Digital bargraphs measure process and electrical variables such as pressure, flow, temperature, speed, current, and voltage. There are two main types of products: light emitting diode (LED) and liquid crystal display (LCD). LED bargraphs consist of rows of tiny light bulbs that are illuminated by the movement of electrons in a semiconductor material. They present data digitally and use vertical or horizontal segments to indicate the degree of information displayed. Some digital bargraphs position the zero point at the end of the bargraph. Others place the zero point in the middle, displaying negative values on the left and positive values on the right. Most programmable, indoor-rated LED bargraphs use all red LEDs, or a combination of red and green LEDs to create 256 colors. Blue LEDs provide the highest degree of brightness and, when combined with red and green LEDs, can provide up to 1.7 million colors. Standard display colors for LED bargraphs also include amber, aqua, green and orange. High-intensity red LEDs with a common wavelength of 700 nm are also available.
Digital bargraphs differ in terms of inputs and outputs. There are several types of analog inputs. Examples include AC voltage, AC current, DC voltage and DC current. AC power inputs provide an adjustable range of AC current, voltage and/or frequency. Similarly, DC power inputs provide an adjustable range of DC current, voltage, and or/frequency. Other inputs for Digital bargraphs include strain gauges, piezoresistive sensors, thermocouples, resistance temperature detectors (RTDs), and thermistors. Most suppliers specify the number of analog input channels. In terms of outputs, devices with parallel communications and serial communications are commonly available. Relay outputs can be used with both AC and DC loads. Analog outputs are often used in applications that require digitally-controlled output voltages, usually within a range of ± 10 V or less. Digital-to-analog converters (DACs) convert digital codes into voltage levels that are processed or conditioned to produce the required output signal characteristics.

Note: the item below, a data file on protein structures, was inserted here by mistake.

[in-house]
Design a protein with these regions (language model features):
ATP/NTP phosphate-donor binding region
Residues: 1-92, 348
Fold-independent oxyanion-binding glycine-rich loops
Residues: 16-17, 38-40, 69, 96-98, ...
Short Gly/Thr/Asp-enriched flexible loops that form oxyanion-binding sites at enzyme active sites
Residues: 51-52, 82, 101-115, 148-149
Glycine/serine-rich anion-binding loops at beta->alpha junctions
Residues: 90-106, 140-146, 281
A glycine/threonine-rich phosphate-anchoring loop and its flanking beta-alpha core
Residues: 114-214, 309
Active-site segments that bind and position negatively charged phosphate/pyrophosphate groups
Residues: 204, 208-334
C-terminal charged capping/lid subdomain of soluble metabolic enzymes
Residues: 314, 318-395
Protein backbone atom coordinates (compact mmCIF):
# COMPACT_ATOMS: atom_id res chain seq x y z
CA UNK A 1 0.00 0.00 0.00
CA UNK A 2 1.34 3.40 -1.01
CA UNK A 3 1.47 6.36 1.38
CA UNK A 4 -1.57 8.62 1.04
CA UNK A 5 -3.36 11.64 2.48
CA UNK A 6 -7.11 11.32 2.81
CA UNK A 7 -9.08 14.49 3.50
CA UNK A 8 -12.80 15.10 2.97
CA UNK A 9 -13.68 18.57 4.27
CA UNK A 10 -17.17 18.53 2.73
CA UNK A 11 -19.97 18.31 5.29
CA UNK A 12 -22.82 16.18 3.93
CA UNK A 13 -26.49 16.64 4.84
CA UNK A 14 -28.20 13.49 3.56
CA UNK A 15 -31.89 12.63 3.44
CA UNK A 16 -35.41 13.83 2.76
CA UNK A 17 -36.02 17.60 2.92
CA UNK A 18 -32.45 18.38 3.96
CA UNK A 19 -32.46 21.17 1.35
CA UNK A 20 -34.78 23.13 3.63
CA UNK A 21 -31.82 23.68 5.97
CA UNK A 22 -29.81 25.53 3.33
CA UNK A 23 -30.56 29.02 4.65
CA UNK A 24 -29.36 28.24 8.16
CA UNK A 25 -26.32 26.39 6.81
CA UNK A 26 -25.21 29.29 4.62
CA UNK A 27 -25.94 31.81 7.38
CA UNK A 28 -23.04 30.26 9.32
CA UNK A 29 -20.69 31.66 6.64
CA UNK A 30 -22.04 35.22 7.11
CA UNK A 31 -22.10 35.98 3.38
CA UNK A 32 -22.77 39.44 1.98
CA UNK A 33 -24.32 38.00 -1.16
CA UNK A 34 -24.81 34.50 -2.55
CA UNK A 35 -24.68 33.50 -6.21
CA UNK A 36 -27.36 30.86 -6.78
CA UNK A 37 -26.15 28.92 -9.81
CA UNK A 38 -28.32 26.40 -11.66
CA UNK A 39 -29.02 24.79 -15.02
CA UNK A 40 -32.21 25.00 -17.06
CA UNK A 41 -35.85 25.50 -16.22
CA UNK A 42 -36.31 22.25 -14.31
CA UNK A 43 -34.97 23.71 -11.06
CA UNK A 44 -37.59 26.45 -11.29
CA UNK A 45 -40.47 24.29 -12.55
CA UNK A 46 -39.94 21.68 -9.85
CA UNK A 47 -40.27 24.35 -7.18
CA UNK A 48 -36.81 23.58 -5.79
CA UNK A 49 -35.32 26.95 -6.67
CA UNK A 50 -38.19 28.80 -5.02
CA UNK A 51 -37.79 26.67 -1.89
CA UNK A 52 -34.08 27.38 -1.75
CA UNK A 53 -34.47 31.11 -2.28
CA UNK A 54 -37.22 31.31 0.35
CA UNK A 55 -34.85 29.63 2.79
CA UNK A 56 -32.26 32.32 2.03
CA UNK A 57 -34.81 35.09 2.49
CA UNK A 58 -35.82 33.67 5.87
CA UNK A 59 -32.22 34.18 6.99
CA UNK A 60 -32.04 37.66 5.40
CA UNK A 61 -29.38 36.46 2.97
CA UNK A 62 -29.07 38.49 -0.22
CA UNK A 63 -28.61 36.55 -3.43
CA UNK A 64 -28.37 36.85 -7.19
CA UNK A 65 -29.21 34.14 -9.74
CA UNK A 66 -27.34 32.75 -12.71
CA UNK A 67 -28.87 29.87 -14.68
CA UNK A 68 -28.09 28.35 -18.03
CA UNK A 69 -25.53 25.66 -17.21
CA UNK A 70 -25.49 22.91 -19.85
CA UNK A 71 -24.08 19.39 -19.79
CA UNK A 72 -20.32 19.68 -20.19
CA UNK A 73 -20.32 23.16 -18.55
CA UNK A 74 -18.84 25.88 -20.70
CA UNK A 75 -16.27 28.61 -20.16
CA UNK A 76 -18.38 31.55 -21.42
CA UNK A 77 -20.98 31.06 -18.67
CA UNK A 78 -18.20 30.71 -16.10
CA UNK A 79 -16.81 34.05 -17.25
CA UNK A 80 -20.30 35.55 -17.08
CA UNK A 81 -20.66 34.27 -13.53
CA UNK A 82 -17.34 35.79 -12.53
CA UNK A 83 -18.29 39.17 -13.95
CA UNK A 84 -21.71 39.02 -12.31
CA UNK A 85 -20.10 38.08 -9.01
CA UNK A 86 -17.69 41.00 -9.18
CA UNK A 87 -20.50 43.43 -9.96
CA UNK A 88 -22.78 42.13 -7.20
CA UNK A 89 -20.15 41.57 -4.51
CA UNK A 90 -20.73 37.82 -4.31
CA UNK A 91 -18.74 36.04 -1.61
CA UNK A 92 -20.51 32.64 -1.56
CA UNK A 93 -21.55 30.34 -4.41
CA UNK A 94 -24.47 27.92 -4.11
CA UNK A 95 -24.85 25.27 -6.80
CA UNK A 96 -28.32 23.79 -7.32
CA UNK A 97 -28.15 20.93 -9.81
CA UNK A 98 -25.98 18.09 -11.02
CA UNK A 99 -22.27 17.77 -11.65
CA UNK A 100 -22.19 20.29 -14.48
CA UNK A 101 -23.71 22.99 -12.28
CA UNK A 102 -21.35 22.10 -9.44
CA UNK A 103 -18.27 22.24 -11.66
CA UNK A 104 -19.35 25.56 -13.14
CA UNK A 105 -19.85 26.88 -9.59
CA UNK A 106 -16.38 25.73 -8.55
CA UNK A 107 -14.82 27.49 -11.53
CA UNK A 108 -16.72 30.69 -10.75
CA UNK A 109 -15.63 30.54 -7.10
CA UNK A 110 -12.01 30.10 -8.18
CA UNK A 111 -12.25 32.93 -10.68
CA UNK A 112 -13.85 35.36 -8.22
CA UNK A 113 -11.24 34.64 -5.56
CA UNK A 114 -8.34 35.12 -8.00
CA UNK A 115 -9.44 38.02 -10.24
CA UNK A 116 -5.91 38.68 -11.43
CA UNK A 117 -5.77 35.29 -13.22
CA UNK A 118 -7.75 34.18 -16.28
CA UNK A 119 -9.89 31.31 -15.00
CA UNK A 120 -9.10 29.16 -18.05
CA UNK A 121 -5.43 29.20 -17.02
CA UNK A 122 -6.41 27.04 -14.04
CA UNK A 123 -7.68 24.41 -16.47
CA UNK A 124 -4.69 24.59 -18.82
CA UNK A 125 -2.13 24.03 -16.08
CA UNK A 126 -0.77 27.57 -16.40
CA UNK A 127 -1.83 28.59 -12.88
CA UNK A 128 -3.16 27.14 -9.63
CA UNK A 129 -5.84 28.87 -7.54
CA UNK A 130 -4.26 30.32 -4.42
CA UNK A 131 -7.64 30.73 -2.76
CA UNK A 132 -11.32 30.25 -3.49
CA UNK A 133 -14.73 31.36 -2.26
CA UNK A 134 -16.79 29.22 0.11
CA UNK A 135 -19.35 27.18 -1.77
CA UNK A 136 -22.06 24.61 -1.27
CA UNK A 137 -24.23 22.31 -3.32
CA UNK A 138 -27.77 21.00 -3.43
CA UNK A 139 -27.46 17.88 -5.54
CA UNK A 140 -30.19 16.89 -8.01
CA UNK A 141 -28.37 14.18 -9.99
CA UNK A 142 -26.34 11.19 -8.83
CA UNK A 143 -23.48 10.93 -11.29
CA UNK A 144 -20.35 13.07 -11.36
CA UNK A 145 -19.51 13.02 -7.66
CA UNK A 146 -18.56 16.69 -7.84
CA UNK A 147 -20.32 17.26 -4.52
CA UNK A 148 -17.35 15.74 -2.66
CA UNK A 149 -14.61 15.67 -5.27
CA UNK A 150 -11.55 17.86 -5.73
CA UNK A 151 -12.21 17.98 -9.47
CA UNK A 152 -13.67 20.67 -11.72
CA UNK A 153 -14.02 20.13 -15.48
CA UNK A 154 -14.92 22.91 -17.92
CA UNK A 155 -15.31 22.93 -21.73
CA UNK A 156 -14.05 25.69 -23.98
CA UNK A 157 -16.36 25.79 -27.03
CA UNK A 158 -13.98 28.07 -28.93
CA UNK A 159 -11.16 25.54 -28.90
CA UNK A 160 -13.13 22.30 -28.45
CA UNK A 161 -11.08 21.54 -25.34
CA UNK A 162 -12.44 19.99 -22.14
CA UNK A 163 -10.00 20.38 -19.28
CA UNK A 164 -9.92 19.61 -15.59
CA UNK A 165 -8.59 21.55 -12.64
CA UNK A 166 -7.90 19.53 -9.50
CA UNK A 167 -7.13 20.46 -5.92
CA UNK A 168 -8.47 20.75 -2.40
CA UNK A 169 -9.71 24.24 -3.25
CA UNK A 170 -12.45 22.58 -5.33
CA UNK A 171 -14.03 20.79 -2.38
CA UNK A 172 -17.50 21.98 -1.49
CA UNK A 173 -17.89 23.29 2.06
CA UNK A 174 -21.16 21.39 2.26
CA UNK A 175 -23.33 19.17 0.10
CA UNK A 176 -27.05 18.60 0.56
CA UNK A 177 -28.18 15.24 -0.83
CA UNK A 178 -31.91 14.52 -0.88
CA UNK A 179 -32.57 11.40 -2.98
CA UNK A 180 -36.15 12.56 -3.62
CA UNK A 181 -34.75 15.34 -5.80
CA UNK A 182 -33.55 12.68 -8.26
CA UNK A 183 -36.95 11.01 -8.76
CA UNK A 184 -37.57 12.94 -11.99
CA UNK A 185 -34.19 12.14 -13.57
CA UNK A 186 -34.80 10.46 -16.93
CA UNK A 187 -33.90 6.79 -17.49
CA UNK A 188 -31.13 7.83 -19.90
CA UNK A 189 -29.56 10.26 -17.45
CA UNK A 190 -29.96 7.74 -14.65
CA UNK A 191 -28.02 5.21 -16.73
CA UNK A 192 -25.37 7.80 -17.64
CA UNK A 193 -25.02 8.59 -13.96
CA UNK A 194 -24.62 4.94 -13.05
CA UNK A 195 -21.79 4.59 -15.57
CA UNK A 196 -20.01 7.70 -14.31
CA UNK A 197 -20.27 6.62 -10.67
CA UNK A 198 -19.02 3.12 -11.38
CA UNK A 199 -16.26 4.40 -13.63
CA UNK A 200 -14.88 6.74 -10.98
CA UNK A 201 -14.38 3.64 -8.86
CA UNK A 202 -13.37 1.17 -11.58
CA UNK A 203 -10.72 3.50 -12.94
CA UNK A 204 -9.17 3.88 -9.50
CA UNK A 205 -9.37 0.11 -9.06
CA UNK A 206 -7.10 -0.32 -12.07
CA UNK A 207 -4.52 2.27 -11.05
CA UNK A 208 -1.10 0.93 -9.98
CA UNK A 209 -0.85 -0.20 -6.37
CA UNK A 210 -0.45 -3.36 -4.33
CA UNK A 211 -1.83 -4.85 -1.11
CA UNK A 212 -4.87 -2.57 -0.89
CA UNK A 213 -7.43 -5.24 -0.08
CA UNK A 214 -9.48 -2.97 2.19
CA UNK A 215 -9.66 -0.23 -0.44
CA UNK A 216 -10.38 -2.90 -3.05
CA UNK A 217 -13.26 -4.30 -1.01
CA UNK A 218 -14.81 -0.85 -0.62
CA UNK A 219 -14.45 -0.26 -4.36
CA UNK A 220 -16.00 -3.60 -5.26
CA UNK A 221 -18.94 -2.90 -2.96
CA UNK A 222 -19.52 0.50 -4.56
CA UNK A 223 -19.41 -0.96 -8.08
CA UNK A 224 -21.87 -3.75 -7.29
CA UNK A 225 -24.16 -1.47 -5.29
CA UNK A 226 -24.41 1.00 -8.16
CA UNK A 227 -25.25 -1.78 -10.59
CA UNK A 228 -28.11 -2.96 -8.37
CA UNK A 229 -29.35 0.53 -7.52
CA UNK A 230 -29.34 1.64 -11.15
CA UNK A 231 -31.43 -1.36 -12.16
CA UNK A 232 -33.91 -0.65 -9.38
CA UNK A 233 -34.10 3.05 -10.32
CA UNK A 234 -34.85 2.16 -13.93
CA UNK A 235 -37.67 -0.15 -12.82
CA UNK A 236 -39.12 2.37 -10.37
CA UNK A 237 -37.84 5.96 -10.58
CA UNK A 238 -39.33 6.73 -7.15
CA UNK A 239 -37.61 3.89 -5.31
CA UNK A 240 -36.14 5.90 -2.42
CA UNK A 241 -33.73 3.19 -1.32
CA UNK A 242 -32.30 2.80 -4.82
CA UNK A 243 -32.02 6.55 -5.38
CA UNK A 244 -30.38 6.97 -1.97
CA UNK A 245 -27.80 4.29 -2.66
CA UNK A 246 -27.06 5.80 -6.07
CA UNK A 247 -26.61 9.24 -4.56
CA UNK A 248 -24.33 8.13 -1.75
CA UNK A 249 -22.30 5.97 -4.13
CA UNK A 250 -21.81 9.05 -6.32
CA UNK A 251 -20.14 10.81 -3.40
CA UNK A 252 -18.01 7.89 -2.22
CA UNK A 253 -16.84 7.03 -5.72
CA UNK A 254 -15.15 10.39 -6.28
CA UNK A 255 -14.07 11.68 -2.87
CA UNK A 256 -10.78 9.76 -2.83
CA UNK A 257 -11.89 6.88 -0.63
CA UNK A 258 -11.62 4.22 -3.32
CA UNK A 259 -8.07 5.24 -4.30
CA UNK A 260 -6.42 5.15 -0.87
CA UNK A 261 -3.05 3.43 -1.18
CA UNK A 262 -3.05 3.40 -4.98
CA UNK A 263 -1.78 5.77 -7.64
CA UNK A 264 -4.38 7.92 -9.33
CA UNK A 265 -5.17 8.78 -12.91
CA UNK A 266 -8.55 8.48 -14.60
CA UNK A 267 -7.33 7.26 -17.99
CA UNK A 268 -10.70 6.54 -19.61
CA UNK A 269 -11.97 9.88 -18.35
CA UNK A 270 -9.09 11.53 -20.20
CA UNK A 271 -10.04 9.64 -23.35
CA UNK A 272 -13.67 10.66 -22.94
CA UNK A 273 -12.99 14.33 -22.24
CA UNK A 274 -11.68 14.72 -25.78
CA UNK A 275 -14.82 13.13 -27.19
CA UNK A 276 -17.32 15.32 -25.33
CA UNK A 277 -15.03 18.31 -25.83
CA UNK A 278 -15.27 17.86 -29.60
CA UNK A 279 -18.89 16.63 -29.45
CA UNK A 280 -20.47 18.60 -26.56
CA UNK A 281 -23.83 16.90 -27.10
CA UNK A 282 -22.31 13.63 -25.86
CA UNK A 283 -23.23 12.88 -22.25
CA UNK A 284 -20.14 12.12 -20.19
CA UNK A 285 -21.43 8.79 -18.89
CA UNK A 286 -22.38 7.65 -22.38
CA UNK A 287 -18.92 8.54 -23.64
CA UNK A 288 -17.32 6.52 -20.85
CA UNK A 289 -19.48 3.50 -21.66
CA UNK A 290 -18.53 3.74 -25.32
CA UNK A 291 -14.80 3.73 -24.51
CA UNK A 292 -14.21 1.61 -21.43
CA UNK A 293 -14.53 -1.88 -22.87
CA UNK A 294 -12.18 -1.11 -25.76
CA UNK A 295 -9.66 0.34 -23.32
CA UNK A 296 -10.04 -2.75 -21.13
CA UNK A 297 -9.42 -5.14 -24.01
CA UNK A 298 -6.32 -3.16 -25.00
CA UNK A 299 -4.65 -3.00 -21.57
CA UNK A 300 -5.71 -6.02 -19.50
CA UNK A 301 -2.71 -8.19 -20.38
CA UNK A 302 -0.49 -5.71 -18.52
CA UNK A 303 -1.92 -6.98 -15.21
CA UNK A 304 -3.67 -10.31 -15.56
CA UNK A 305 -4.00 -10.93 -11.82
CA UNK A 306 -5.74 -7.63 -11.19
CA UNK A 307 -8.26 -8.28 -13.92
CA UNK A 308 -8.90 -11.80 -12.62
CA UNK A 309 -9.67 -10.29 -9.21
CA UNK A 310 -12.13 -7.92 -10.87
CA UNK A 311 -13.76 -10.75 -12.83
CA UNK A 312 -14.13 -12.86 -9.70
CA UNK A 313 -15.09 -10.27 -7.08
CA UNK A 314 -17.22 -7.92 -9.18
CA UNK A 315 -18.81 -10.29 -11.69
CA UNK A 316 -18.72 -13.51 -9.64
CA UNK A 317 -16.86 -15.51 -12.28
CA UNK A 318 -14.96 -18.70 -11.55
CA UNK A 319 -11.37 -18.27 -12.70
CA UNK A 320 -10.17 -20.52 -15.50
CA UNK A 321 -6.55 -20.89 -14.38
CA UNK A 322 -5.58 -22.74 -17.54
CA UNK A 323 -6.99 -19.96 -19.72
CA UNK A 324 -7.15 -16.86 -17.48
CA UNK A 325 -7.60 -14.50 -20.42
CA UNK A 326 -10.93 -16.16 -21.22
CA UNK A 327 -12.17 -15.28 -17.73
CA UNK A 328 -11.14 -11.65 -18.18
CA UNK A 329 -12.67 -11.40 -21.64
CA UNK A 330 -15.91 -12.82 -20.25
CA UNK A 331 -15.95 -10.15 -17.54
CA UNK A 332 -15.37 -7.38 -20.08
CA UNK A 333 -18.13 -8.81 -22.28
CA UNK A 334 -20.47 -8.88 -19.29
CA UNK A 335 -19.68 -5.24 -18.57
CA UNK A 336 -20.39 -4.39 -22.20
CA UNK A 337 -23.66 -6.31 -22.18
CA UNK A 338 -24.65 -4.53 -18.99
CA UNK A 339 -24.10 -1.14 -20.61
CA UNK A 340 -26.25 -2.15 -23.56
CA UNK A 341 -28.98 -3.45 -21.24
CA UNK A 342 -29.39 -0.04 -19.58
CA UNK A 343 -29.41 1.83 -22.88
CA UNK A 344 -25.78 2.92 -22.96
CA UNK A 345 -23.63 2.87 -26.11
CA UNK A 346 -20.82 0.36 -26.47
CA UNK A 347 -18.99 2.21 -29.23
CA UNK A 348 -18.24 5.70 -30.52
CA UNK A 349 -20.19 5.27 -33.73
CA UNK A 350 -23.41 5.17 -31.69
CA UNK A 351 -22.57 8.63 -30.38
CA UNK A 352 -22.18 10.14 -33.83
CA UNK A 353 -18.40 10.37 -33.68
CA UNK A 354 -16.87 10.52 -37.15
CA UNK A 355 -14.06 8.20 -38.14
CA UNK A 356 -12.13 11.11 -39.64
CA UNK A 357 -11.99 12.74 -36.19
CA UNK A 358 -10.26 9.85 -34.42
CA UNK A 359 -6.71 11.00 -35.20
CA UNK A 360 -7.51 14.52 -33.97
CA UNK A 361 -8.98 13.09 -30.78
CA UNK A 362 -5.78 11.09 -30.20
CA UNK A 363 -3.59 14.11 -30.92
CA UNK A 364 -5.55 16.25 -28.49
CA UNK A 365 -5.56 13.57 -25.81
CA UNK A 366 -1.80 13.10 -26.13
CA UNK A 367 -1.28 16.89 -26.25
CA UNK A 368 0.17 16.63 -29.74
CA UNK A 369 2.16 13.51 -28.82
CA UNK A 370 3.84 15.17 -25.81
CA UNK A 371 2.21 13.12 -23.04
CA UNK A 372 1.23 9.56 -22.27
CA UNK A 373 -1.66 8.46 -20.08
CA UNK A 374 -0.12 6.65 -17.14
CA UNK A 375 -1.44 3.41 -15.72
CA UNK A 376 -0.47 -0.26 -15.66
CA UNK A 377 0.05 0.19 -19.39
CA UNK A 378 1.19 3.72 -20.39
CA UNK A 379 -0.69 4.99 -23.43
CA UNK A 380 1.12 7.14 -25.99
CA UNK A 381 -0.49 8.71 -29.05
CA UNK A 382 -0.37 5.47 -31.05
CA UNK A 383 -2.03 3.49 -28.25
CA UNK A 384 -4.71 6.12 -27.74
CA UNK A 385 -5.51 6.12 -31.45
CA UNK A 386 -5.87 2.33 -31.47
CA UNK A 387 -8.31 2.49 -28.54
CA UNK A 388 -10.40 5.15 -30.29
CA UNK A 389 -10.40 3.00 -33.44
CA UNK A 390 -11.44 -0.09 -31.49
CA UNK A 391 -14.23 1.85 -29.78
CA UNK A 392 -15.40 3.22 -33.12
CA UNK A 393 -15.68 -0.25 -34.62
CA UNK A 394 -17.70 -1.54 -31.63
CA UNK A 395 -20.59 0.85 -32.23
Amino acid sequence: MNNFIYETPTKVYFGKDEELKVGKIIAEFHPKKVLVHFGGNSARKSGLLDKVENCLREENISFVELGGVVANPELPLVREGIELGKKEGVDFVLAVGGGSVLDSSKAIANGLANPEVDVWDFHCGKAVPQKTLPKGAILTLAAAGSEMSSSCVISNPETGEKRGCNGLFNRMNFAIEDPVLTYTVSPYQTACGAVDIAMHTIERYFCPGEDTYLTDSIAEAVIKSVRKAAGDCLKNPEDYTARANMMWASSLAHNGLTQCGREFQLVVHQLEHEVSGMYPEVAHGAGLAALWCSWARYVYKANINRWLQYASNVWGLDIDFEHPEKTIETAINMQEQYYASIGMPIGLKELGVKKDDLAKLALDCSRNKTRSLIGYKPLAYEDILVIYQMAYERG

Selecting digital bargraphs requires an analysis of physical characteristics, performance specifications, panel face dimensions, and features. Physical characteristics include number of segments and bar scale length. Typically, suppliers specify the number of segments as the total number of bar graph segments, not the number of segments in the digital display. Similarly, bar scale length refers to length of all of the segments added together. Performance specifications for digital bargraphs include response time and accuracy. Response time is measured in milliseconds (ms). Accuracy is expressed as a percentage. Width, height, and depth are important panel face dimensions. In terms of features, many digital bargraphs provide scanners, set point options, adjustable displays, alarms, on/off controls, and signal conditioning. Intrinsically safe (IS) devices will not produce sparks, electrical energy or other thermal effects that would cause an explosion under normal or fault conditions. Digital bargraphs with totalizers count and record data for a set or indefinite period of time.